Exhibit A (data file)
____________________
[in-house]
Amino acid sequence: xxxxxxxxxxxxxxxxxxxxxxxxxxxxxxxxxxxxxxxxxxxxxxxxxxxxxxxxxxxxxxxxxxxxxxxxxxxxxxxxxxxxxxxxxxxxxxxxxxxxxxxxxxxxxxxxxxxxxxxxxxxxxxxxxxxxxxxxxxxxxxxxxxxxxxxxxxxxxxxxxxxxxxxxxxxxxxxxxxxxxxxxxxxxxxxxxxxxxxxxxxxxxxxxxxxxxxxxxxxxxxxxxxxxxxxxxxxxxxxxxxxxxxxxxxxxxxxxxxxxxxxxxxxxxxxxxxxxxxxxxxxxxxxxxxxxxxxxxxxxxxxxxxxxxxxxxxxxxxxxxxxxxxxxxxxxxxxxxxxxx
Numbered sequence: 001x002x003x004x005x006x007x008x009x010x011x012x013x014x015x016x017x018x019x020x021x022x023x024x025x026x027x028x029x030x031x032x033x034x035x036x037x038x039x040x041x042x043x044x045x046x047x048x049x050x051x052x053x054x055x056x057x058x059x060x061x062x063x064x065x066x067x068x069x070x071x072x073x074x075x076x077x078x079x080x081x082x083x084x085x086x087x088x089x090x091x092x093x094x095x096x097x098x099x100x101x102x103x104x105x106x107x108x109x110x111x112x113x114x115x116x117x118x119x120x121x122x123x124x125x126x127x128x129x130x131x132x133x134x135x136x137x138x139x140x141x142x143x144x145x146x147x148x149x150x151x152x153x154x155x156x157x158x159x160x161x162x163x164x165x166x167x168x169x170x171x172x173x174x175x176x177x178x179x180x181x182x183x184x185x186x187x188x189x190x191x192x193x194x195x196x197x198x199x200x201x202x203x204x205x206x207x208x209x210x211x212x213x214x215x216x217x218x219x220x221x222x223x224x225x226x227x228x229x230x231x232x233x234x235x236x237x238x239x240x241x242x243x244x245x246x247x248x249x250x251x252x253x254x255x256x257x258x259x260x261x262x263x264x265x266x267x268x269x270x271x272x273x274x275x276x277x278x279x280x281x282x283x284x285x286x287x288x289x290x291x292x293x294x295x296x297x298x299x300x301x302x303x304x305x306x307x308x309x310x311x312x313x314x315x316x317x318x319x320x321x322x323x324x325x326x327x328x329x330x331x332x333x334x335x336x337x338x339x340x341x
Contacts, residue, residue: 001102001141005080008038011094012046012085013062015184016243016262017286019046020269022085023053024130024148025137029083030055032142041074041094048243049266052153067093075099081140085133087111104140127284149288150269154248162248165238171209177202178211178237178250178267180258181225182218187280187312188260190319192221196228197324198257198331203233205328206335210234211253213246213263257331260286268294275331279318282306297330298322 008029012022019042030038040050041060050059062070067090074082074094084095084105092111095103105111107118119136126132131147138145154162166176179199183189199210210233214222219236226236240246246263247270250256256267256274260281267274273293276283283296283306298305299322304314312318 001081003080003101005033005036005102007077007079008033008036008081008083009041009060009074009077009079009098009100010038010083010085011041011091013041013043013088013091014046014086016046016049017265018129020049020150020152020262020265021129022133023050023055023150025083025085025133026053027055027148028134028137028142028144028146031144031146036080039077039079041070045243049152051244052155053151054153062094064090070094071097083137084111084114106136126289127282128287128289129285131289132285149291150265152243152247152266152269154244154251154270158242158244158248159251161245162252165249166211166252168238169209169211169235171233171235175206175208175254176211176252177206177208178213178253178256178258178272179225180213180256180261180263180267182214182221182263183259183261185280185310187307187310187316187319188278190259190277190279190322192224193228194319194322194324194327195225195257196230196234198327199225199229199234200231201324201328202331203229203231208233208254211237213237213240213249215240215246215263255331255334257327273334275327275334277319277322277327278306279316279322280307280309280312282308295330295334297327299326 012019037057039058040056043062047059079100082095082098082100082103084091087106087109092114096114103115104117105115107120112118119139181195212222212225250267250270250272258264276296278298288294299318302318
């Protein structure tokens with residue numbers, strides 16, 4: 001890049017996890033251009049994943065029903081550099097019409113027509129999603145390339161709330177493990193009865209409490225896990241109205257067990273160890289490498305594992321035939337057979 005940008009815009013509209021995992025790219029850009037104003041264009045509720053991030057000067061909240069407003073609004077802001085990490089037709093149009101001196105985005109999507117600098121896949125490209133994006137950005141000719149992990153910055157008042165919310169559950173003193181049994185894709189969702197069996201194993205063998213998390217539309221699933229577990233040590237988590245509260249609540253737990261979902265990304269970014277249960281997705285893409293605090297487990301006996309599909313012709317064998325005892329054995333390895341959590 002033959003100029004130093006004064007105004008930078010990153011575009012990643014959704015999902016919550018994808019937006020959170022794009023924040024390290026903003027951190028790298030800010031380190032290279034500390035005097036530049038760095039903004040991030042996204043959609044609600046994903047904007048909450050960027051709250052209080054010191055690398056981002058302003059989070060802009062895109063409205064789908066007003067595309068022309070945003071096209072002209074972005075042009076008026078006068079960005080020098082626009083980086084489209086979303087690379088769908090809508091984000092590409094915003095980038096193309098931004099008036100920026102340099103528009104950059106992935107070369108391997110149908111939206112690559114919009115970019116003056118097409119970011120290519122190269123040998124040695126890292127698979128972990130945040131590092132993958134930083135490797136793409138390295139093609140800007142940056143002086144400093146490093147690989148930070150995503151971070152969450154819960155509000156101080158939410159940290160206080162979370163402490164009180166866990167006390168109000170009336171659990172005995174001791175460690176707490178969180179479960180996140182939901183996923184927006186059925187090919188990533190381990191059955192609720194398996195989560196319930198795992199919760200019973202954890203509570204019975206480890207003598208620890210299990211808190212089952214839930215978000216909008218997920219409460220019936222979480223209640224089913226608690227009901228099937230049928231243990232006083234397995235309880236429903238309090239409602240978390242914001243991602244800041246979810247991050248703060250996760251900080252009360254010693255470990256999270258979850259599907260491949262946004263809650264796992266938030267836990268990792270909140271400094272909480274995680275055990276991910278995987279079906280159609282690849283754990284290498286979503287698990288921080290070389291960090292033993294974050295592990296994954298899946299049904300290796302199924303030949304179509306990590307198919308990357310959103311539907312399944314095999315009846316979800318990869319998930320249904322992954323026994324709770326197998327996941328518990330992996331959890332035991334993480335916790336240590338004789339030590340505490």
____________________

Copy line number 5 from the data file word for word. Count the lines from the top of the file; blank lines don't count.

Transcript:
């Protein structure tokens with residue numbers, strides 16, 4: 001890049017996890033251009049994943065029903081550099097019409113027509129999603145390339161709330177493990193009865209409490225896990241109205257067990273160890289490498305594992321035939337057979 005940008009815009013509209021995992025790219029850009037104003041264009045509720053991030057000067061909240069407003073609004077802001085990490089037709093149009101001196105985005109999507117600098121896949125490209133994006137950005141000719149992990153910055157008042165919310169559950173003193181049994185894709189969702197069996201194993205063998213998390217539309221699933229577990233040590237988590245509260249609540253737990261979902265990304269970014277249960281997705285893409293605090297487990301006996309599909313012709317064998325005892329054995333390895341959590 002033959003100029004130093006004064007105004008930078010990153011575009012990643014959704015999902016919550018994808019937006020959170022794009023924040024390290026903003027951190028790298030800010031380190032290279034500390035005097036530049038760095039903004040991030042996204043959609044609600046994903047904007048909450050960027051709250052209080054010191055690398056981002058302003059989070060802009062895109063409205064789908066007003067595309068022309070945003071096209072002209074972005075042009076008026078006068079960005080020098082626009083980086084489209086979303087690379088769908090809508091984000092590409094915003095980038096193309098931004099008036100920026102340099103528009104950059106992935107070369108391997110149908111939206112690559114919009115970019116003056118097409119970011120290519122190269123040998124040695126890292127698979128972990130945040131590092132993958134930083135490797136793409138390295139093609140800007142940056143002086144400093146490093147690989148930070150995503151971070152969450154819960155509000156101080158939410159940290160206080162979370163402490164009180166866990167006390168109000170009336171659990172005995174001791175460690176707490178969180179479960180996140182939901183996923184927006186059925187090919188990533190381990191059955192609720194398996195989560196319930198795992199919760200019973202954890203509570204019975206480890207003598208620890210299990211808190212089952214839930215978000216909008218997920219409460220019936222979480223209640224089913226608690227009901228099937230049928231243990232006083234397995235309880236429903238309090239409602240978390242914001243991602244800041246979810247991050248703060250996760251900080252009360254010693255470990256999270258979850259599907260491949262946004263809650264796992266938030267836990268990792270909140271400094272909480274995680275055990276991910278995987279079906280159609282690849283754990284290498286979503287698990288921080290070389291960090292033993294974050295592990296994954298899946299049904300290796302199924303030949304179509306990590307198919308990357310959103311539907312399944314095999315009846316979800318990869319998930320249904322992954323026994324709770326197998327996941328518990330992996331959890332035991334993480335916790336240590338004789339030590340505490």